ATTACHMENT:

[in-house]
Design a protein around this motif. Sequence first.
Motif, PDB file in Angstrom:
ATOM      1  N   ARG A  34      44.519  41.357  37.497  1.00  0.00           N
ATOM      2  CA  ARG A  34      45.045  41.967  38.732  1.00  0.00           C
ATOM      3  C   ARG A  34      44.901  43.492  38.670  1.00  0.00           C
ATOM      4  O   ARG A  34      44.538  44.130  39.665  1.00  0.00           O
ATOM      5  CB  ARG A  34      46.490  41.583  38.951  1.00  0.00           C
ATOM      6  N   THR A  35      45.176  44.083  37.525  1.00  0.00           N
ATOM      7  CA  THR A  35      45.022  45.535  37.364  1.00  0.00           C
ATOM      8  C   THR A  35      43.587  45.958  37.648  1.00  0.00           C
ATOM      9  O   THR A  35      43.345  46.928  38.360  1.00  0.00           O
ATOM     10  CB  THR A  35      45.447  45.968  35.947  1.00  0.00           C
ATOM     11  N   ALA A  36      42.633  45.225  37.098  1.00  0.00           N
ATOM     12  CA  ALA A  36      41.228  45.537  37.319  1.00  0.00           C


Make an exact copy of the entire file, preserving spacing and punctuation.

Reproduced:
[in-house]
Design a protein around this motif. Sequence first.
Motif, PDB file in Angstrom:
ATOM      1  N   ARG A  34      44.519  41.357  37.497  1.00  0.00           N
ATOM      2  CA  ARG A  34      45.045  41.967  38.732  1.00  0.00           C
ATOM      3  C   ARG A  34      44.901  43.492  38.670  1.00  0.00           C
ATOM      4  O   ARG A  34      44.538  44.130  39.665  1.00  0.00           O
ATOM      5  CB  ARG A  34      46.490  41.583  38.951  1.00  0.00           C
ATOM      6  N   THR A  35      45.176  44.083  37.525  1.00  0.00           N
ATOM      7  CA  THR A  35      45.022  45.535  37.364  1.00  0.00           C
ATOM      8  C   THR A  35      43.587  45.958  37.648  1.00  0.00           C
ATOM      9  O   THR A  35      43.345  46.928  38.360  1.00  0.00           O
ATOM     10  CB  THR A  35      45.447  45.968  35.947  1.00  0.00           C
ATOM     11  N   ALA A  36      42.633  45.225  37.098  1.00  0.00           N
ATOM     12  CA  ALA A  36      41.228  45.537  37.319  1.00  0.00           C